An easy way to describe “The Bisexual” is “What if ‘Chasing Amy’ was not directed by Kevin Smith, but a bisexual woman?” — and it’s a description that creator Desiree Akhavan appreciates. “I’ll take it,” she said to IndieWire in a recent interview. “I 100 percent agree with that synopsis.”
Akhavan, who also directed this year’s Sundance favorite “The Miseducation of Cameron Post,” didn’t have anything against “Chasing Amy.” But, she felt, “what if it was written from the perspective of Amy? Which is what I care about more. That’s why I like that film — I was like, ‘Oh, that’s a story I can relate to.’ That’s comedy, that’s something really intriguing to me. But, I didn’t want to know it from Ben Affleck’s point of view.”
The Hulu series mirrors the 1997 Miramax film when it comes to its central premise: A woman who has always identified as gay discovers that she’s attracted to men. However, while “Chasing Amy” was told from the perspective of the straight man who falls in love with that character, “The Bisexual” is firmly rooted in the experience of Leila (Akhavan), whose love life becomes a lot more complicated after the end of a 10-year relationship with a woman.
The ability to flip stories like this and find a new perspective on them, Akhavan said, is “why I enjoy being a filmmaker. I think you usually get the stories from the least interesting characters’ point of view, because men control storytelling, or have throughout our lives. It’s exciting to say, ‘Alright, same story, but it’s suddenly completely reinvented, from the perspective of the other person. The marginalized person in the room.'”
Over the course of the six-episode first season, Leila explores sexual relationships with both men and women, while also dealing with the reveal of her orientation and how it affects all of her friendships. While its complicated yet funny characters end up developing into a true ensemble by the end, the focus on Akhavan remains throughout.
“The Bisexual,” as a title, wasn’t with the project from the beginning — when Akhavan was developing the script at the Sundance Episodic Story Lab, she entered it with the title “Switch Hitter.”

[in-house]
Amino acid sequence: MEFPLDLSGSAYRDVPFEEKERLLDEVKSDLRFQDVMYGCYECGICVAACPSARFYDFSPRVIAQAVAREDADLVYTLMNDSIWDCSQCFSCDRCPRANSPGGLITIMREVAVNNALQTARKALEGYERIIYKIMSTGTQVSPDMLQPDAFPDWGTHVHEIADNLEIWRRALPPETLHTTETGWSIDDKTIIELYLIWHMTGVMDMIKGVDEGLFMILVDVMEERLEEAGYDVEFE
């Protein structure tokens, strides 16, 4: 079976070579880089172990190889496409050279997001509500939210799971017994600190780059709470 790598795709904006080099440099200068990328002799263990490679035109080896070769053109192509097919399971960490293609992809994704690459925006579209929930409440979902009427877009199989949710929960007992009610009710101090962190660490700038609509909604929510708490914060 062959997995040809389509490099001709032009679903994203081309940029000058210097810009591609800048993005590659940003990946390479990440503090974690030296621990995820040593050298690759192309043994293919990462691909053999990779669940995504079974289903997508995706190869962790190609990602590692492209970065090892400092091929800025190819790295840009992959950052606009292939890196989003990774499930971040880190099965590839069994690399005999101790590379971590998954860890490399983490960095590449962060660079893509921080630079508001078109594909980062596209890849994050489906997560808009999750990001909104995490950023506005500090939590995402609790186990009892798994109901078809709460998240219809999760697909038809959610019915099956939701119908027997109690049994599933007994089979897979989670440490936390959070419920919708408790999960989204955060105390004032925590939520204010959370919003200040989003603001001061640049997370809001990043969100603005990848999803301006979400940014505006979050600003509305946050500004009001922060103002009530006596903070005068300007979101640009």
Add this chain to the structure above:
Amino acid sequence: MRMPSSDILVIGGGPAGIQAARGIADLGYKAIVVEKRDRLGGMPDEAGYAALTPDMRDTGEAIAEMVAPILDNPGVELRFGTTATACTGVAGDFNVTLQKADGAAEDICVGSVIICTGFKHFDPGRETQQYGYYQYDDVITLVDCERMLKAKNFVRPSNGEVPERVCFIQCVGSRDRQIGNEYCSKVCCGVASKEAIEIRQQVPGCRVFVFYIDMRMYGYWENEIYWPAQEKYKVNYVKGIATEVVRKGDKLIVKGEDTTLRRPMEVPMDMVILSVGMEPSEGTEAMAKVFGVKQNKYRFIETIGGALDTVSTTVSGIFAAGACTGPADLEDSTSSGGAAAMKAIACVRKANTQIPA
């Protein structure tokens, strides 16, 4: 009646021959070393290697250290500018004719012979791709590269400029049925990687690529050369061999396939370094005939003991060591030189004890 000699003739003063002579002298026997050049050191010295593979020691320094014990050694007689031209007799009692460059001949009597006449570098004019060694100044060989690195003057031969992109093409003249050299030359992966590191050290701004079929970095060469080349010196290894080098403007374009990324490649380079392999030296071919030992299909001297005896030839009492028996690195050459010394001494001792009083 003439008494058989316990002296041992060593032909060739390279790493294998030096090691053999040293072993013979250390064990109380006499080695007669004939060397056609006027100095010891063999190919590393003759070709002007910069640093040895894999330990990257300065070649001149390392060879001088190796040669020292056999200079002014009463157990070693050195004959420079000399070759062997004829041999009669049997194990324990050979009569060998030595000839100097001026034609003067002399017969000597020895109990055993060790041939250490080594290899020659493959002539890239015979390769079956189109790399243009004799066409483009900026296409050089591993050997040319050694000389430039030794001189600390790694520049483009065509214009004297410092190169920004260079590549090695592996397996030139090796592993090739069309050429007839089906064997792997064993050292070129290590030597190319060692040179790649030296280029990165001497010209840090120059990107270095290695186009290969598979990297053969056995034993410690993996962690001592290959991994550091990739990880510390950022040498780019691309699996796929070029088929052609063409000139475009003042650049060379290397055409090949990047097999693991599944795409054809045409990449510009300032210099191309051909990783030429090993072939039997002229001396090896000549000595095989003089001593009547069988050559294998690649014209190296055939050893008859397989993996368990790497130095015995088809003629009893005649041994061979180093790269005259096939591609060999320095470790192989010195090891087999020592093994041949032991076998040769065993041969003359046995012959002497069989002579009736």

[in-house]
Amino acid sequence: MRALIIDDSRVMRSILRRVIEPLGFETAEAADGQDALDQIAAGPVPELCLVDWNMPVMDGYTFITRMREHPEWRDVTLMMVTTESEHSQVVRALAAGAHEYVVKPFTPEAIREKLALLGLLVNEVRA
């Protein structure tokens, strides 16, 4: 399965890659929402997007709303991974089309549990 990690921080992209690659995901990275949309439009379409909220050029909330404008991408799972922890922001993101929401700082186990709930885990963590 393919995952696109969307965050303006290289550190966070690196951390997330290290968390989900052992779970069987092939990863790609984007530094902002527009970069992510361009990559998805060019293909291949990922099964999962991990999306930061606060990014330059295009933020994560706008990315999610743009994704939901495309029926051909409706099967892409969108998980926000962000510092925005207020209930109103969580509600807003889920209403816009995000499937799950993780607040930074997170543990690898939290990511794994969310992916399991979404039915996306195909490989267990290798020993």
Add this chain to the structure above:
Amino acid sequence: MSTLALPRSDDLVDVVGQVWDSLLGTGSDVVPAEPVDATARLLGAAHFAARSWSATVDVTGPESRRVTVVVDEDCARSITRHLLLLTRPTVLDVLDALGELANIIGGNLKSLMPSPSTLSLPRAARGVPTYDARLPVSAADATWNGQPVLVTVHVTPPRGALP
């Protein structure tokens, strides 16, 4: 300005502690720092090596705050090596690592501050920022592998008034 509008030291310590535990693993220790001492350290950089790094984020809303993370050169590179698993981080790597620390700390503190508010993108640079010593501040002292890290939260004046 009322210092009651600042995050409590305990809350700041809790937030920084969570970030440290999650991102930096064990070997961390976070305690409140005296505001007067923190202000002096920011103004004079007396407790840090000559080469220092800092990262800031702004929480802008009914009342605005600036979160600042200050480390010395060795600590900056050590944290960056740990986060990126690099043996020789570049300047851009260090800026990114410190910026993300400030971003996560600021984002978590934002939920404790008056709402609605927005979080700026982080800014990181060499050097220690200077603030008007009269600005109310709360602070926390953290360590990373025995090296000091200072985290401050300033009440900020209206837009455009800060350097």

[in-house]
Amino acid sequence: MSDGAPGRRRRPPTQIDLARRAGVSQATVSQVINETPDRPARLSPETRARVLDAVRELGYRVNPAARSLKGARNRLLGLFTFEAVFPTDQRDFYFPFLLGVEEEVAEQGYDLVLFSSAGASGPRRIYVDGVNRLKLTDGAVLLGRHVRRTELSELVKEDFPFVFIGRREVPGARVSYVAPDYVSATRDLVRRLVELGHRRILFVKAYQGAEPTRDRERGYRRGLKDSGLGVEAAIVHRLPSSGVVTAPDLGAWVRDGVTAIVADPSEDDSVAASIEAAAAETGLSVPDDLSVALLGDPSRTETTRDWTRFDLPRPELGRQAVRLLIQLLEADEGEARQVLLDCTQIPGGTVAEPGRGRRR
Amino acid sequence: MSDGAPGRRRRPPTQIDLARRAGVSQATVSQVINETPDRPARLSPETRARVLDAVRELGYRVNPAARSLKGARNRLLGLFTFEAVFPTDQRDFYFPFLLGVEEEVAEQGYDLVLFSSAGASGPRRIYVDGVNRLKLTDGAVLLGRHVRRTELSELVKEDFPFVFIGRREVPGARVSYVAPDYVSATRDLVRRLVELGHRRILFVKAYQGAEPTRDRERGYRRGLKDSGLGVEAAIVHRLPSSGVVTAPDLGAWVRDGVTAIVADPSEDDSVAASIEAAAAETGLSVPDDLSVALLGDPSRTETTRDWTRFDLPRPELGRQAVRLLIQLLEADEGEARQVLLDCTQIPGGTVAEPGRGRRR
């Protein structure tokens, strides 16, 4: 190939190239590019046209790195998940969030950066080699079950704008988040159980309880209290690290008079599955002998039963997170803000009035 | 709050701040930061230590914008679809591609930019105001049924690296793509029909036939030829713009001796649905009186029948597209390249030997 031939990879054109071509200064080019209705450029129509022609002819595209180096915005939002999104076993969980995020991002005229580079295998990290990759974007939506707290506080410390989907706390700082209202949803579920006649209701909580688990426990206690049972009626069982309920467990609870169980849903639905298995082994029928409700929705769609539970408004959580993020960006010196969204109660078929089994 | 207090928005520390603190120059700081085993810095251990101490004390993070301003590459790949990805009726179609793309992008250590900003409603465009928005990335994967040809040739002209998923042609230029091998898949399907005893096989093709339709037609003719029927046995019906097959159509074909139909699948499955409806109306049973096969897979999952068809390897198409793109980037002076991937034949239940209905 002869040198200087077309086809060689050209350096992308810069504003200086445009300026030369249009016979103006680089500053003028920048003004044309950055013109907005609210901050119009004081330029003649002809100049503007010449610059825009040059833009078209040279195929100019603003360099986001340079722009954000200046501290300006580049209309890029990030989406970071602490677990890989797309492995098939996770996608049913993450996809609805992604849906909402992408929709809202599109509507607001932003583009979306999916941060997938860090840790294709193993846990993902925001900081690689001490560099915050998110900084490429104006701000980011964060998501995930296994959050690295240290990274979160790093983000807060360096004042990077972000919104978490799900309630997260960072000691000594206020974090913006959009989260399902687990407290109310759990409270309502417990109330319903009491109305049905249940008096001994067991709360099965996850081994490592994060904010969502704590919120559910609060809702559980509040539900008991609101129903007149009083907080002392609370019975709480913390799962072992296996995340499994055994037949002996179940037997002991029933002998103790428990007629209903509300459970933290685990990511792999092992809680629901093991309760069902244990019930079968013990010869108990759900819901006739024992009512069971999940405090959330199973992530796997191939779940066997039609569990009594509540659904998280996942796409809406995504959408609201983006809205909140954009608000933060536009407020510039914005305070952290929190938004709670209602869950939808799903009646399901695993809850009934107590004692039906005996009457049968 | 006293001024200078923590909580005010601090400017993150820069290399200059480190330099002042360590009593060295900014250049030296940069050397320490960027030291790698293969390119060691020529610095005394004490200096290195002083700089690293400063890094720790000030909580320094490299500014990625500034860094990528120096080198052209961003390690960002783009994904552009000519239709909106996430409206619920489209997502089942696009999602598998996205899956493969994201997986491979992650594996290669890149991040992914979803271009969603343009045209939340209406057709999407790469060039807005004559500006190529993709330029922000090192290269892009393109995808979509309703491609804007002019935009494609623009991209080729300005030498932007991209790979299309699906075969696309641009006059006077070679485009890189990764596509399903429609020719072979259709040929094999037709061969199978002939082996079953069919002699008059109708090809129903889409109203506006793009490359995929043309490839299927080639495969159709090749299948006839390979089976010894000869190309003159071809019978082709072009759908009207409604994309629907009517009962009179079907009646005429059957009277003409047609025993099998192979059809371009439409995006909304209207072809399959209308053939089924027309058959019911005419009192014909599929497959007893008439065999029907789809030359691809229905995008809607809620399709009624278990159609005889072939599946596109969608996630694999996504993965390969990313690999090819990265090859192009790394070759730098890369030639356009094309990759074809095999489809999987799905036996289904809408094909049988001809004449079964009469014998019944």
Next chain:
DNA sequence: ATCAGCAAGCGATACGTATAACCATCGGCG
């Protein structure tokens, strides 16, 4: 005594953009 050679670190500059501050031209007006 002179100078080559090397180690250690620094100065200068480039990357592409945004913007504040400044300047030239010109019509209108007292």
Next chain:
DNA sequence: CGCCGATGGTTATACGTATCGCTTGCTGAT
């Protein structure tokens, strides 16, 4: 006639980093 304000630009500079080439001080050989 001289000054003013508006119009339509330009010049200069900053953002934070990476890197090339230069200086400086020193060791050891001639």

“I was looking for a euphemism that meant bisexual, but that was less gauche and less tacky and less upsetting,” she said. “And then, I think it was about a year ago that I realized that I think all the things that made me uncomfortable with the actual title were the reasons why it needs to be the title of the show. And it was like, ‘Okay, we can’t use any euphemism.’ I think the show is about how hard it is to say this word and we need to put our money where our mouth is and do that.”
But it was a decision that wasn’t embraced universally. “Even when I did that, I had a lot of friends and family say ‘you gotta come up with a different title,'” she said. “It was that dialogue of ‘why’ that solidified my conviction that it was the title we needed.”
Akhavan stars as well as directs the series, which is never an easy feat. “With this show, there were so many moving elements, it was really challenging. It was like shooting two low-budget indies in a row, and also starring in it,” she said. “The mechanics of directing were pretty stressful on this shoot. Which made starring in it very difficult.”
But Akhavan made the series alongside Rowan Riley and Cecilia Frugiuele, and noted that Frugiuele, who produced her previous two films and co-wrote the show, is a key part of how she’s usually able to both act and direct at the same time.
Frugiuele, unfortunately, wasn’t available to be on set for “The Bisexual” due to recently giving birth, “so it was actually pretty hellish. But, I don’t think it’s always hellish and I don’t think that’s the rule. I just think each circumstance is completely different,” Akhavan said. “What enables you to wear so many hats is putting your weight on your collaborators. She’s in every word of those scripts. So, it’s very much her project too. Losing her temporarily as a collaborator was the hardest part of the shoot for me.”
Acting, in general, isn’t something she wants to prioritize in her career going forward. “I see myself as a storyteller, and whatever tools I need to get there I’ll take,” she said. “But, at the same time, I don’t think that acting is my favorite of the jobs or the one that I feel expresses what I have to say the most. I mean, I’m very happy to do it when I do it. But we should leave it to the professionals.”
Akhavan said that after every project, she typically wants to do something completely opposite — “it always swings like a pendulum” — so her desire for her next project is to “go into something more magical realism and visually driven.”
However, should “The Bisexual” get a second season, she has plenty of ideas. “[Season 2] would probably pick up at a very different point in all the characters’ lives. I think that’s the luxury of being such a short season — the format changes a bit, it’s not the same episodic candy like, it can go on forever and not a lot has to change,” she said. “I think when you have such an economy of time, you get to really get in there and tell a story and get out. And there has to be a reason it’s such a short glimpse. I’d like for a second season to reflect that model.”
And she feels like there are going to be more and more opportunities, to tell stories from different points-of-view. “I feel in some ways that’s what’s happening in Hollywood. They’re slowly realizing that there’s a lot to be won from those marginalized perspectives, and there’s some really good storytelling there that the audience craves. I think we’re slowly getting there.”
“The Bisexual” is streaming now on Hulu.